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Neuroscience of Consciousness: new journal coming soon

  1. Feb 21, 2015 #1


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    Gold Member

    This could be an interesting sink for empirically based consciousness studies:

  2. jcsd
  3. Feb 21, 2015 #2


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    The problem I have with "open access' journals that include everything including the kitchen sink, anything from real science to handwaving, it gets too hard to sort the wheat from the chaff.
    It doesn't sound like it will meet our criteria for mainstream, known, peer-reviewed science.
  4. Feb 21, 2015 #3


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    This much is true of Nature and Science too:

    "The journal publishes research articles, review articles, brief communications, opinions, and ‘spotlight’ commentaries."

    Open Access has been successful when carried out by well-established publishers (such as Oxford University Press is). The issue mostly comes from unknown publishers entering the scene.
  5. Feb 22, 2015 #4
    I get solicited frequently by open access journals. Anyone who has published an article in a mainstream journal will know that you almost instantly get hounded by email solicitations once your article goes live. They actually have "overseas" publishing houses that solicit you to write book chapters that seem legitimate, and sometimes they'll even offer you the role of managing editor, which is pretty appealing if you fancy yourself a scholar. I've had these offers and I was, understandably, a little skeptical. After doing some research, I found forums where other professional scholars had the same solicitations. Some bought into it, others didn't. Typically, these ventures are not necessarily "scams" per se. You can get a good editor and good contributors, but the intent of the publishing house is not to promote good science, it's to make money, so their gameplan is to let the scientists work it out among themselves and derive a profit from that. Sometimes it works, most of the time it doesn't because of poor quality control, which goes without saying.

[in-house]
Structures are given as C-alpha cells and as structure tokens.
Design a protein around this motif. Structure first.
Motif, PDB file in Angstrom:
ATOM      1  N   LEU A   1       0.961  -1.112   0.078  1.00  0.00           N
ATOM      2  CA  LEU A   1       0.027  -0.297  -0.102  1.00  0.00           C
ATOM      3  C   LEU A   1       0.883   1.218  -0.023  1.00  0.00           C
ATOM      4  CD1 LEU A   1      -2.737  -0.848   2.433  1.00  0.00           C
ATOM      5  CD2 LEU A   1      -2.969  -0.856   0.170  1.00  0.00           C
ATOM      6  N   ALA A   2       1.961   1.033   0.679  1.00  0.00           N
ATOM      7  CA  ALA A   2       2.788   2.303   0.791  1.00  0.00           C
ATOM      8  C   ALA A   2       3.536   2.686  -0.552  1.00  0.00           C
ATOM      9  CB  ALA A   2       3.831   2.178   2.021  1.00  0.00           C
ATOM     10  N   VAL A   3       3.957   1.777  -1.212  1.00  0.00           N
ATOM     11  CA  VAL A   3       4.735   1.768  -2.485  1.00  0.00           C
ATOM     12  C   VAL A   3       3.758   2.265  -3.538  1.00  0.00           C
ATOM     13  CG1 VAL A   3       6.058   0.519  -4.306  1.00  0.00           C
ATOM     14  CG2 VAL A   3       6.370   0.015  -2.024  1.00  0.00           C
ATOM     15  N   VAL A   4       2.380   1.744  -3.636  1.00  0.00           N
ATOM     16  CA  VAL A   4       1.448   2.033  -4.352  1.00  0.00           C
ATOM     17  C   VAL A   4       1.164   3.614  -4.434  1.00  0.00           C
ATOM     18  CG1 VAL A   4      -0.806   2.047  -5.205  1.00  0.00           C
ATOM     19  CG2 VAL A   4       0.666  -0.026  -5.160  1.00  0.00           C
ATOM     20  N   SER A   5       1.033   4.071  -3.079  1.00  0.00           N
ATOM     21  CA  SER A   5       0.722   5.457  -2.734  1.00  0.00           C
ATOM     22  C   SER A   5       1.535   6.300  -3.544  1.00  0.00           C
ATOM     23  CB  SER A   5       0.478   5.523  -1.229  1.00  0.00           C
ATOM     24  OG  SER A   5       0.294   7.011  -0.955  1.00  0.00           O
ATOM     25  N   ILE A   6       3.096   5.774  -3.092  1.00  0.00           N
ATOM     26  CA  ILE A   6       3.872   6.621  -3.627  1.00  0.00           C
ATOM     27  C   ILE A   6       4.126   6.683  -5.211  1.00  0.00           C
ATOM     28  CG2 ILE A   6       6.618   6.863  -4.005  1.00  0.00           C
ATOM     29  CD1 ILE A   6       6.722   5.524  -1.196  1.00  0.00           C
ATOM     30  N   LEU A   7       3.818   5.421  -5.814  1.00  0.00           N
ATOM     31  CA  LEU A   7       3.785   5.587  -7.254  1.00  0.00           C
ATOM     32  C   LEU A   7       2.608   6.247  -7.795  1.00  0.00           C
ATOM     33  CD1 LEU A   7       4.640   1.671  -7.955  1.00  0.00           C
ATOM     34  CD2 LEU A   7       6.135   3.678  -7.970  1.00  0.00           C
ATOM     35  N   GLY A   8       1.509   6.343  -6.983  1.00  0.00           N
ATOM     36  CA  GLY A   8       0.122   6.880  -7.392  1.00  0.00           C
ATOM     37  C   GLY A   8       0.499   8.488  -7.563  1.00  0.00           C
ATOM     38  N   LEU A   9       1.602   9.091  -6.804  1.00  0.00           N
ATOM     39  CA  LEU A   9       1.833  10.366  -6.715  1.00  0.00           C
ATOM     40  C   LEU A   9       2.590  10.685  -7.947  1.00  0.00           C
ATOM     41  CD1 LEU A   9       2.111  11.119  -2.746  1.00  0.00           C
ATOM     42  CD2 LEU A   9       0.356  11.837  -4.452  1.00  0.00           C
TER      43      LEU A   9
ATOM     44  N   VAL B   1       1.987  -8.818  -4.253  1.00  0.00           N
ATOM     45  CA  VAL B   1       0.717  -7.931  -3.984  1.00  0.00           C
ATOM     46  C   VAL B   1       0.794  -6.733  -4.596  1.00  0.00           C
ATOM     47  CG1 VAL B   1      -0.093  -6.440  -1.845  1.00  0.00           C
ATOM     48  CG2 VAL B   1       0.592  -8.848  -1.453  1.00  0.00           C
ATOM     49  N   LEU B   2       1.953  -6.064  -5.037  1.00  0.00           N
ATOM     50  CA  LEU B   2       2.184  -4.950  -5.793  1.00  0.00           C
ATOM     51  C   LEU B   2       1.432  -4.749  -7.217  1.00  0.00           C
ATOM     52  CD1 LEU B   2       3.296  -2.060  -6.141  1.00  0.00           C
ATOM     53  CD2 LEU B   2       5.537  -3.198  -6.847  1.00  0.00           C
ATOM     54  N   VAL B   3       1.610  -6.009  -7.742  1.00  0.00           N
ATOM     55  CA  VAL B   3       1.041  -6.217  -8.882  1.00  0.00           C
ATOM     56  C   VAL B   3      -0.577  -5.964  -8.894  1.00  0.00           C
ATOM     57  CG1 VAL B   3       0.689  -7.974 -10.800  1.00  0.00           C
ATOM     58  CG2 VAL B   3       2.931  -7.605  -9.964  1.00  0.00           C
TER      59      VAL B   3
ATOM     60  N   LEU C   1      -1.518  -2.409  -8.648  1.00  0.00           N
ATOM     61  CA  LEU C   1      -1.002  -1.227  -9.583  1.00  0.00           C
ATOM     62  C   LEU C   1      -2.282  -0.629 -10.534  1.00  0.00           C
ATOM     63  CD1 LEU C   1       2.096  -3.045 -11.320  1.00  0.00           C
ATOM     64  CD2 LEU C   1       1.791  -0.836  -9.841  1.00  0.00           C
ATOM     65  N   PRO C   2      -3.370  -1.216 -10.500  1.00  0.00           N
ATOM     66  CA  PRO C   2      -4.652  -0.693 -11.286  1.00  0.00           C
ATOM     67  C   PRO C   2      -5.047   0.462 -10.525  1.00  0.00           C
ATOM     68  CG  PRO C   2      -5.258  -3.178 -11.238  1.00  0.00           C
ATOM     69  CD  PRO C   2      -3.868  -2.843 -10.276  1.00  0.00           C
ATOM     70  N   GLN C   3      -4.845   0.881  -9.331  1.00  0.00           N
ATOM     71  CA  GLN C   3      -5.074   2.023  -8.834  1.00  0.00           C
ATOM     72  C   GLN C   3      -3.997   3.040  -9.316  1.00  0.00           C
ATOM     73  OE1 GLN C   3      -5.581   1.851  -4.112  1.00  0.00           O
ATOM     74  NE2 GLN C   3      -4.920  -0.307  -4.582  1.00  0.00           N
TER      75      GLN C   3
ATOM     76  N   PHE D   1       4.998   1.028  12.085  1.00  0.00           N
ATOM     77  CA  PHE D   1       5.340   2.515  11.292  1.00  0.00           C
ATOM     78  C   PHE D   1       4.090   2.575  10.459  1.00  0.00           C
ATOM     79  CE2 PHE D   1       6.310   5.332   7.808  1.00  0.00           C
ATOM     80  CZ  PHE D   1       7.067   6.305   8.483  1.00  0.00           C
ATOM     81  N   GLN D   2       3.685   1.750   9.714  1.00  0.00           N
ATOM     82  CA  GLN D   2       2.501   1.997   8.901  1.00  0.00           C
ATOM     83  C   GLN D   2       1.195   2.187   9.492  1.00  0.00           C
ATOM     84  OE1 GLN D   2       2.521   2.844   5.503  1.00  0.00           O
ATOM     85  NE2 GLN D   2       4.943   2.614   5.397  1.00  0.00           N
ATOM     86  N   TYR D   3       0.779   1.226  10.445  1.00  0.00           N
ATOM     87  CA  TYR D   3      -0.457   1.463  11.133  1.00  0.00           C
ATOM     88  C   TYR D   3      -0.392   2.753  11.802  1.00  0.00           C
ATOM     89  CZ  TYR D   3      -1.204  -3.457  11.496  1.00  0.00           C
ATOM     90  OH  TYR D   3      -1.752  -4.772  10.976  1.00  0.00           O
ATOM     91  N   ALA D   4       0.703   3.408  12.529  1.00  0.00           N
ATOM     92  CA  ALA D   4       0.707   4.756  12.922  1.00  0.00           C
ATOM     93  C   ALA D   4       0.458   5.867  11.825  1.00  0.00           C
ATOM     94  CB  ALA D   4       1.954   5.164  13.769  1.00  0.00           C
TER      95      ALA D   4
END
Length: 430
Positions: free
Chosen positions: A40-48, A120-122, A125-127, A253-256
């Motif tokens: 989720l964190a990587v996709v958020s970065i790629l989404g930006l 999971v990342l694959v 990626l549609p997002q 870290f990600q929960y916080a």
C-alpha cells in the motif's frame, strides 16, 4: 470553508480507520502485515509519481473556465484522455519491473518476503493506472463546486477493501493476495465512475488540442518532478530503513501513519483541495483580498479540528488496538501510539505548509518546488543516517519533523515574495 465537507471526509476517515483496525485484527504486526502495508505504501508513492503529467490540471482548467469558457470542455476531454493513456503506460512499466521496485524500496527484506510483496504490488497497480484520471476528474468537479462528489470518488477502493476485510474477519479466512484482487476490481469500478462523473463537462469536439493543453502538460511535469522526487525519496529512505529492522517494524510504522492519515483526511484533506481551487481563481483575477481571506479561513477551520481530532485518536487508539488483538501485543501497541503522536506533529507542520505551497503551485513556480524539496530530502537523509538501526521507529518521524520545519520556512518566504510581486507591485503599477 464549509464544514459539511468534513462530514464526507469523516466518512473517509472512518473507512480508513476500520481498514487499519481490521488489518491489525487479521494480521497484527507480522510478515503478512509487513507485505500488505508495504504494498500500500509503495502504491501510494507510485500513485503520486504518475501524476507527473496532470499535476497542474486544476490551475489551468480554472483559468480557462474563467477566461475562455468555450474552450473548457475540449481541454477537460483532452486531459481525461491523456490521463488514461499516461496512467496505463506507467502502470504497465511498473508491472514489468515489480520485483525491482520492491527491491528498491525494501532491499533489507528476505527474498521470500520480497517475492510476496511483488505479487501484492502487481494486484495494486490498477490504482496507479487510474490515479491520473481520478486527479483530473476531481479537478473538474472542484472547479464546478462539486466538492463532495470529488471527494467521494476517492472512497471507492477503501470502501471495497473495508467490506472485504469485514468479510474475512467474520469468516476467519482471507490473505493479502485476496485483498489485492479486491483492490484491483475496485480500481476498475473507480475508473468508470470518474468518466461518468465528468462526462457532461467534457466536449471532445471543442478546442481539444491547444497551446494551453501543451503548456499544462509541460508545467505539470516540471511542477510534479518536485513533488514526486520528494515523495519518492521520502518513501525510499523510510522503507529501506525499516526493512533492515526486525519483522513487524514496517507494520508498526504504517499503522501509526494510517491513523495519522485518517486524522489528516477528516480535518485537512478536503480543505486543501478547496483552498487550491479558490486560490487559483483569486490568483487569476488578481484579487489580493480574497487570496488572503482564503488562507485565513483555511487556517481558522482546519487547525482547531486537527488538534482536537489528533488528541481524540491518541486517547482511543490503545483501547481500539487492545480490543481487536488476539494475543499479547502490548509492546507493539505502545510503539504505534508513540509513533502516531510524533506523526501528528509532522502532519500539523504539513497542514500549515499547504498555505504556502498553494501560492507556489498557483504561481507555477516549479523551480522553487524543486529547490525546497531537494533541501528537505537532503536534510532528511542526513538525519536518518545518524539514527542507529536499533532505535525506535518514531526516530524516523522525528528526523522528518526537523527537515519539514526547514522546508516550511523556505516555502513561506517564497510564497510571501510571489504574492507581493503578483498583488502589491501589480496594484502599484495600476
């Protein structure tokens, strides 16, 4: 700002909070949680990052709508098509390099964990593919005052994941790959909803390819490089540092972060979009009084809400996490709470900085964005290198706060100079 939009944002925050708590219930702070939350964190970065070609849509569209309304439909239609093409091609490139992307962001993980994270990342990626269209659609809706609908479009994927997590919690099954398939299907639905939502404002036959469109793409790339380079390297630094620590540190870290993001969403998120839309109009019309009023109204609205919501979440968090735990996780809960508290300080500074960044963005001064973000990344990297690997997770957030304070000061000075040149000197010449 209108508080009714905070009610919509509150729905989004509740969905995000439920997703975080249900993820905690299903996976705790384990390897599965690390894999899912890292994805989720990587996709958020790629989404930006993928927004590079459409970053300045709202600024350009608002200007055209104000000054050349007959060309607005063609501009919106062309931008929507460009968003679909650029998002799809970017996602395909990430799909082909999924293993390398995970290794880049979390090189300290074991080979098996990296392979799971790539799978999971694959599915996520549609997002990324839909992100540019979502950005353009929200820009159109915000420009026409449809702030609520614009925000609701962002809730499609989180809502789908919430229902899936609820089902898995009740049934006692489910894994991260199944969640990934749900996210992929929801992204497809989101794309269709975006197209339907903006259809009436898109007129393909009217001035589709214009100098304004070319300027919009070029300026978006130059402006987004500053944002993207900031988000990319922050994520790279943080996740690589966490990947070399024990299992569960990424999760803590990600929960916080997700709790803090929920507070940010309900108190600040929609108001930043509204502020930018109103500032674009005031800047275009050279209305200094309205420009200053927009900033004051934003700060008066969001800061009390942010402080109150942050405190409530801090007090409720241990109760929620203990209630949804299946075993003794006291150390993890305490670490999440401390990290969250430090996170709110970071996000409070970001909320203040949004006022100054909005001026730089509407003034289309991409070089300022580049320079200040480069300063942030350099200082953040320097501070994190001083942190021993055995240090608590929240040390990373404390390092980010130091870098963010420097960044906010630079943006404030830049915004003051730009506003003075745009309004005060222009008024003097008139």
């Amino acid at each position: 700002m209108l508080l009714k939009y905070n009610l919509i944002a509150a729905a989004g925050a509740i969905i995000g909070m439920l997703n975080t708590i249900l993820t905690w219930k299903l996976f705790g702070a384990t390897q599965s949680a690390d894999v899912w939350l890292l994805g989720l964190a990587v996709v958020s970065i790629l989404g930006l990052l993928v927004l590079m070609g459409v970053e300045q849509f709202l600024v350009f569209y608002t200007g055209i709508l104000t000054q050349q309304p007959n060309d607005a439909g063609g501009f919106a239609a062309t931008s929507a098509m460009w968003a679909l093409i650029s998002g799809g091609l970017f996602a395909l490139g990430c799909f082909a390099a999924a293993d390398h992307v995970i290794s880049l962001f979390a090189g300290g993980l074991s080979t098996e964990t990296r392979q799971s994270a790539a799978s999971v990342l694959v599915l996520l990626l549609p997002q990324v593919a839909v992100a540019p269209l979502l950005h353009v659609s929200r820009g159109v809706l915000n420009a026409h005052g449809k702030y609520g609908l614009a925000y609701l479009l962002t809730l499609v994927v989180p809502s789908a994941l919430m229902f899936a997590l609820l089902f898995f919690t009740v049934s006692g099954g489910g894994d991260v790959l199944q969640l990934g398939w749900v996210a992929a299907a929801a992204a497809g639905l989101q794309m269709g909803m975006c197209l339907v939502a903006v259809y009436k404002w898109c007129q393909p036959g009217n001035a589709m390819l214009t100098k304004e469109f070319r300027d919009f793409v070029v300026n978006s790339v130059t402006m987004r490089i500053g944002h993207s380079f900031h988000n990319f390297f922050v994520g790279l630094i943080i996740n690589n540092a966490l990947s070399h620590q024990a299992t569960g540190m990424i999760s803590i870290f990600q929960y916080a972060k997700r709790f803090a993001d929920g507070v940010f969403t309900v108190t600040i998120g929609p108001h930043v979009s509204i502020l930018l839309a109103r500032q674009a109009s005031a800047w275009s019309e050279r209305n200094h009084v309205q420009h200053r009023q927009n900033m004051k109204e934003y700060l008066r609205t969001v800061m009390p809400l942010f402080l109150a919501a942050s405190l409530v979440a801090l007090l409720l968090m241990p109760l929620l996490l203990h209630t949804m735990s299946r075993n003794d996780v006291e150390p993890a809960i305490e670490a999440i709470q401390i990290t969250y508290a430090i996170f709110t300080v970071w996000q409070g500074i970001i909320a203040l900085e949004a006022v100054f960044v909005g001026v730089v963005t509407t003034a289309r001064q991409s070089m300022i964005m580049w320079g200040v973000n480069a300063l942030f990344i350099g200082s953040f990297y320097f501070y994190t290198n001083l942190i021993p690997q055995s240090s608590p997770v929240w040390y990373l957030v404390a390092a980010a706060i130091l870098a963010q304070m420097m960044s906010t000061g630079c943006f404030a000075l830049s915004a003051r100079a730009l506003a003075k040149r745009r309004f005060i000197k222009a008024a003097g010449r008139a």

That said, legitimate open access journals such as PLOS, etc., I believe are adequately peer reviewed but they charge a huge sum to publish, which is anathema to me personally. I would never pay a dime to have my work published. Every article I write takes months of painstaking research and effort of re-writes. I don't get paid a single dime for all those hours of effort. Nor do I get a dime when I referee articles. I am happy to pay for reprints of my articles and volume issues, though. I think that's only fair.
  6. Feb 22, 2015 #5


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    There's a Colorado librarian that maintains a list of known predatory publishers that is updated every year:

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